In a major shift in policy, the Centre now plans to confine food entitlement only to below poverty Line (BPL) households and completely exclude the existing category of the above poverty line families.

This is one of the significant changes proposed in the National Food Security Bill which is currently being considered by the Parliamentary Standing Committee.

Under the plan envisaged by the Centre, the task of identifying the BPL families will be left to the State governments. Several States have raised objections to putting a ceiling on the number of poor households.

The changes on food security policy will have far reaching implications especially when there is a growing demand for universalisation of the PDS. The government plans to supply rice at Rs. 3 per kg, wheat at Rs. 2 per kg and millets at Re. 1 kg only to the BPL. Each family will get 25 kg per month. The Bill provides for legal entitlement of subsidised foodgrains to 46 per cent ‘priority' (BPL) families of the 75 per cent rural population and 28 per cent `priority' households of the 50 per cent urban population.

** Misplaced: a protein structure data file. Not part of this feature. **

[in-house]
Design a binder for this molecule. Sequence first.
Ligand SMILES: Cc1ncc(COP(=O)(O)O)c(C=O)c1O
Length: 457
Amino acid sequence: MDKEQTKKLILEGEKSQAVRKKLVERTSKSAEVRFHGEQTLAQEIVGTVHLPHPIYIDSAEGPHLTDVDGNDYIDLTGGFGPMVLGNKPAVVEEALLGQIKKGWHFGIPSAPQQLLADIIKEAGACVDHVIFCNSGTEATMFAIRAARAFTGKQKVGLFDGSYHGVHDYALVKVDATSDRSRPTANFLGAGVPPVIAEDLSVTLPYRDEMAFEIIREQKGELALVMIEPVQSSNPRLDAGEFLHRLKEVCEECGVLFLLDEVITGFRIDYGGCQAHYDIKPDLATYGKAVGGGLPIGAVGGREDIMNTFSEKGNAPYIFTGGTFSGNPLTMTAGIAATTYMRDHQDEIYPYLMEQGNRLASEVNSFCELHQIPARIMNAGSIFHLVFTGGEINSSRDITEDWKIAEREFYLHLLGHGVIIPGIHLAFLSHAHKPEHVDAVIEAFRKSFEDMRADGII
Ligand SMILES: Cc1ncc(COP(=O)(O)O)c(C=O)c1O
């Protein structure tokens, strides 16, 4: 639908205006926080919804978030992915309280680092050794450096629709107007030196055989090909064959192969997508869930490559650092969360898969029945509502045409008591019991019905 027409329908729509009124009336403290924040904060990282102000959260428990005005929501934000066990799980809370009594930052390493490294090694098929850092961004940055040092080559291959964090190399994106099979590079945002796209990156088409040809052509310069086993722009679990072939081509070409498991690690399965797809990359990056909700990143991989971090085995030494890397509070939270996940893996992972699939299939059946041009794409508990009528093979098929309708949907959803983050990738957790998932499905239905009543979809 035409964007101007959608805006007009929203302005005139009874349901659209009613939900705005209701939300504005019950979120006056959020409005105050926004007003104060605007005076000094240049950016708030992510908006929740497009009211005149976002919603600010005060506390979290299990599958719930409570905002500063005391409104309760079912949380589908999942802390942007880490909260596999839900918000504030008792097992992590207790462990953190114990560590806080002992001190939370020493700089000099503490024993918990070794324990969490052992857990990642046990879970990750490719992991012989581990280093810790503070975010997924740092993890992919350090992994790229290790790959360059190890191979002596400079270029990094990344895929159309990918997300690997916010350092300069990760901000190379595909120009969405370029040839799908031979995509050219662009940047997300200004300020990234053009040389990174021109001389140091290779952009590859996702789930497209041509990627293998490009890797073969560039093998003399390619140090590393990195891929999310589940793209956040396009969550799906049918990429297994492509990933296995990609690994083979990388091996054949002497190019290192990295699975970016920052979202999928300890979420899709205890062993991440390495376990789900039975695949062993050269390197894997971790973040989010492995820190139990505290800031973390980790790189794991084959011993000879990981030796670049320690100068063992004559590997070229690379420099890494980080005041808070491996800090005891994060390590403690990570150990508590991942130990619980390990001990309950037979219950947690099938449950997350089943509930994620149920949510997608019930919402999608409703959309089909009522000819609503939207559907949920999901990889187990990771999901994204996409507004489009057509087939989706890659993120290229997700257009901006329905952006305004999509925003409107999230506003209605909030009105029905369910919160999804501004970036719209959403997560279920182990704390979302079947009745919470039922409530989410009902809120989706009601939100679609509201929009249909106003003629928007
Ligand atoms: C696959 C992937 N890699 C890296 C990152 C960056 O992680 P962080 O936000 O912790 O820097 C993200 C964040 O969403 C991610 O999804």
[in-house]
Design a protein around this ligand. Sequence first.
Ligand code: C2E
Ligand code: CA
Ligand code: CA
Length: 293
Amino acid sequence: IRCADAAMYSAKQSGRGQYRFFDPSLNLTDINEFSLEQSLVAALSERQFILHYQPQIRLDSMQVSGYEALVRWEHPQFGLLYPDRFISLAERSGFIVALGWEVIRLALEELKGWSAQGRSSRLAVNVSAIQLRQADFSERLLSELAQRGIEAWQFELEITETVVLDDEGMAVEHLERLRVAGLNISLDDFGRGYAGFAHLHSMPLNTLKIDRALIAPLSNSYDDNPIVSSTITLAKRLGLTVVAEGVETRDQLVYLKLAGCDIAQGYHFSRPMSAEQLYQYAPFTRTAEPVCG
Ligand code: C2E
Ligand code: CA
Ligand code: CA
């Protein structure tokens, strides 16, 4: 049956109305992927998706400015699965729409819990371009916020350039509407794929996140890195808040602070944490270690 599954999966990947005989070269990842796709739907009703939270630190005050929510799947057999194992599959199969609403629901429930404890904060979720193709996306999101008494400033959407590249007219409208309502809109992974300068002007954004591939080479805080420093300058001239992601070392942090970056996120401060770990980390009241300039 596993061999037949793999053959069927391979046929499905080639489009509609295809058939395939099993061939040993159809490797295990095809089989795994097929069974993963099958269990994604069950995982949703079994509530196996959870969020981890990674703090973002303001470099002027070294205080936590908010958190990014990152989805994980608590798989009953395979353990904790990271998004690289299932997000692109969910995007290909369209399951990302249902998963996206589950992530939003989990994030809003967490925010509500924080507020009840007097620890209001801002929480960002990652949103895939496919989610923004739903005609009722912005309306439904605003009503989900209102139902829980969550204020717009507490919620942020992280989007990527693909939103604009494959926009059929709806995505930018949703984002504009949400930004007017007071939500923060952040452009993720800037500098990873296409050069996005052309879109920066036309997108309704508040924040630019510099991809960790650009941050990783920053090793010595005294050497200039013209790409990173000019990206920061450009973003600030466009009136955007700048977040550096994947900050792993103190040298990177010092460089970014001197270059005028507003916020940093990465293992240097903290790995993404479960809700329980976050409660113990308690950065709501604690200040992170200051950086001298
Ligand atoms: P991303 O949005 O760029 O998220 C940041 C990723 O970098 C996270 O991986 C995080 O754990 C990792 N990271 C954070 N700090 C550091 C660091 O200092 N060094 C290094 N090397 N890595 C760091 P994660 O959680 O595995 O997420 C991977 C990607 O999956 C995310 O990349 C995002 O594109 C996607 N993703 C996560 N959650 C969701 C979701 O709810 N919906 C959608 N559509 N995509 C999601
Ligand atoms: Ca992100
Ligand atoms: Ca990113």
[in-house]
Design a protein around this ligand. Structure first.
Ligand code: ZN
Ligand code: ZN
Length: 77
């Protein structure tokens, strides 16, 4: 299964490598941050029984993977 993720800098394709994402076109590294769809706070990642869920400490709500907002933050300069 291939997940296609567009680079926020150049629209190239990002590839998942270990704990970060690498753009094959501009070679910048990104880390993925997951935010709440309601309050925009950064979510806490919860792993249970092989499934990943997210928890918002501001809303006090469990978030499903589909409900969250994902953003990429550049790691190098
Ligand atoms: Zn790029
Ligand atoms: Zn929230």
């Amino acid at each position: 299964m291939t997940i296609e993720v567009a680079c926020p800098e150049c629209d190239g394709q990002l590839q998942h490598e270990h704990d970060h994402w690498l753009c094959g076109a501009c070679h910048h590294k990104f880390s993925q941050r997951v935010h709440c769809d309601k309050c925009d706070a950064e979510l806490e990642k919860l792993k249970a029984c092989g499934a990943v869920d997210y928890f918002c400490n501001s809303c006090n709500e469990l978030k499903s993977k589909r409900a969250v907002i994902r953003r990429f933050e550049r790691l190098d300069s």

Significantly, the government has decided to protect the provision of cheap foodgrains to Antyodaya Anna Yojna families, as well as to backward blocks and to the north-eastern States. In NE region, eligible families are provided 35 kg foodgrains per month under Targeted PDS.

As a consequence, the food subsidy component at 2011 price will go up to Rs. 1. 20 lakh crore and the foodgrains requirement would go up to over 60 million tonnes from the current average 55 million tonnes.

The Centre attempted to identify beneficiaries through the Social Economic and Caste Census and also to link the PDS to the Unique Identification Authority of India. However, the exercises were delayed.

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